We all know the story of Noah’s ark: how he gathered animals two by two then saved humanity and all species of creatures by building an Ark at God’s request. If you put “Noah’s Ark Bible Story” into Google, there’s about four million websites that explore the topic, according to The International Bible Society. But what is known about the companions that joined this watery voyage?
Noah’s tale appears in the “Book of Genesis,” chapters five to nine, and, according to Biologos, the passages are some of the most known—and controversial—of the Bible. After all, the central plot element has God choosing to end the world after man becomes so evil no other recourse seemed reasonable. As Genesis 6:5-7 quoted God, “I will destroy from the earth the people I have created. And with them, the animals, birds, and creeping things.” Noah was the exception—a pious man who never questioned God’s wisdom when told, “I am going to destroy all flesh because the world is full of violence. Build an ark of gopherwood, with rooms inside, three decks, and a door. Cover it inside and out with pitch [Genesis 6:13-22]. (from Ark Encounter).
Making the ark required a herculean effort and plenty of faith, as Heroes Bible Trivia pointed out. People laughed at Noah’s preaching and his pursuit to build the enormous boat. When the rain began, Noah and his family board the vessel and stayed safe and dry for 150 days, until the flood waters receded.
Who actually boarded Noah's Ark?
At the time of the launch, Noah was 600 years old. Apparently, prior to the flood people had especially good genes and lived hundreds of years. The age-defying Methuselah—Noah’s grandfather—died before the big boat launch at 969 years young, according to The International Bible Society. Noah became a parent just after his 500th birthday. Soon after his sexacentennial, the flood appeared and Noah, his wife, his three sons—Shem, Ham, and Japheth—and their wives boarded the Ark. They stayed in the tight space with all the animals and waited for the waters to subside (via MIT). Thus, Noah’s family came out of the flood unscathed … or did they?
Some versions of this story talk about Canaan, another Noah relative, perhaps a fourth son or an offspring from one of his children. Genesis speaks about this individual’s identity in verse 9:22, “Ham, the father of Canaan” casting Canaan as Noah’s grandson (from The Torah). Despite the linkage, Noah condemns him in verse 9:25 with “Cursed be Canaan! The lowest of slaves will he be to his brothers” after the boy sees Noah naked, according to Bible Ref.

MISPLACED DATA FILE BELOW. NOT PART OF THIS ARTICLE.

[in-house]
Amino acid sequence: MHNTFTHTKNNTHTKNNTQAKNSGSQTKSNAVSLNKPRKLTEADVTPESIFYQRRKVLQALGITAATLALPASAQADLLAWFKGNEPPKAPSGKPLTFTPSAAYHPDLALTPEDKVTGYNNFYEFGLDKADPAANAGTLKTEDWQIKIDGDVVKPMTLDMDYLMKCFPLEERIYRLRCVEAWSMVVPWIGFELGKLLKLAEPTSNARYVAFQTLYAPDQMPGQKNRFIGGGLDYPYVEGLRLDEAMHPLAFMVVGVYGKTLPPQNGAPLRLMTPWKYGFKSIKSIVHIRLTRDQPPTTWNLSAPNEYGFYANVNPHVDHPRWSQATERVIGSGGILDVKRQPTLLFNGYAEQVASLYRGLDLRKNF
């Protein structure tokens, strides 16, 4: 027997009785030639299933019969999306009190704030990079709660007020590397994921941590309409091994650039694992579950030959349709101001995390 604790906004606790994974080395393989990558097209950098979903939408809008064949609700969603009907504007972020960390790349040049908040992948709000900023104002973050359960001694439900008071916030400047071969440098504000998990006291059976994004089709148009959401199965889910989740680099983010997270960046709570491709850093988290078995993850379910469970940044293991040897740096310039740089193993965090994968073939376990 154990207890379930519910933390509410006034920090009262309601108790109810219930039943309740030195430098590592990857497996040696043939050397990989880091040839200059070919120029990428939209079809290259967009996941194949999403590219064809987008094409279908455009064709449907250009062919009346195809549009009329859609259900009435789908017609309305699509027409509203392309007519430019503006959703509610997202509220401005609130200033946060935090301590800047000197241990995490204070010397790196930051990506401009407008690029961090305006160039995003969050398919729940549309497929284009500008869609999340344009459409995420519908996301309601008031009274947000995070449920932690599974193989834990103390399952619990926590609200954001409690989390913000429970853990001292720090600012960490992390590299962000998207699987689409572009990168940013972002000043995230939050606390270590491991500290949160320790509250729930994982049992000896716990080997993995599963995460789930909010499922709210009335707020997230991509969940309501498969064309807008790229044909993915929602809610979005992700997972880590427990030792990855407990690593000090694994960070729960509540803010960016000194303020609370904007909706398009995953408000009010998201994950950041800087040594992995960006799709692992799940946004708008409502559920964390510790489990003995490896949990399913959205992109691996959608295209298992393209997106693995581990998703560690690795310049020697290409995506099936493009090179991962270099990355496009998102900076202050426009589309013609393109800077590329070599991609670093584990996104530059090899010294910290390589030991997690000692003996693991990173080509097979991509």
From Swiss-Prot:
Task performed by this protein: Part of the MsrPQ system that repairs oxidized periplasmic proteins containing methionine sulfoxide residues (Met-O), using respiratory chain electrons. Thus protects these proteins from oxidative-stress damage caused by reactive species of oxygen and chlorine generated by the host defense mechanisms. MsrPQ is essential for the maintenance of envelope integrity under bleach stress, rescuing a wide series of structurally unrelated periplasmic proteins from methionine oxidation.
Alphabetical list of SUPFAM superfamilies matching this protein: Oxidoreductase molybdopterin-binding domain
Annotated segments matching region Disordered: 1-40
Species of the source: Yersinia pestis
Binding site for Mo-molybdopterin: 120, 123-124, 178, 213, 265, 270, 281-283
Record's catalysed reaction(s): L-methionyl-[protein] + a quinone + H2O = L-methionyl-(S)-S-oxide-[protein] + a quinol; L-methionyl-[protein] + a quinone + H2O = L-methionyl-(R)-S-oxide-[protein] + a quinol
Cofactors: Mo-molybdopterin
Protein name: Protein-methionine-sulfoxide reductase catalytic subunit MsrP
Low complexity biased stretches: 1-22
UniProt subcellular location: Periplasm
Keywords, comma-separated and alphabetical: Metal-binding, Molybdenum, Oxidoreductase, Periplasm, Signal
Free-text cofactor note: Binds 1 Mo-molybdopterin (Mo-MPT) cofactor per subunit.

The legacy of Noah and his family
Other stories circulate about Noah’s progeny — and how many children he had exactly before and after the flood. Some accounts say that one of his sons refused to join the family on the Ark, and chose to stay on a mountain. The Quran (Hud verse 42-43), for instance, includes a report of a male who drowned in the rising waters. Some have called him Yam or Kan’an (from Ecumenical Buddhism).
Another tale, this one coming from Irish mythology is written in the Annals of the Four Masters, a history of Ireland created by a Franciscan friar Mícheál Ó Cléirigh and associates around 1632. It tells about another son of Noah’s, said Daily Scribbling. Bith was forbidden to enter the Ark; instead, he built his own vessel and sailed to Ireland where he tried to create a community with some 50 people who followed him. All eventually succumbed to the torrent except his friend, Fintan, who, through a curse, turned into a salmon.
How many children did Noah have? It’s hard to know. The Bible tells little about his family — none of the wives are named, for instance — and its verses can be interpreted in many ways. What is emphasized in the story, though, is everyone is related to Noah’s family. No matter how many iterations forward we are, all of us share some part of their DNA (from Ark Encounter). If only we could live hundreds of years like Noah.
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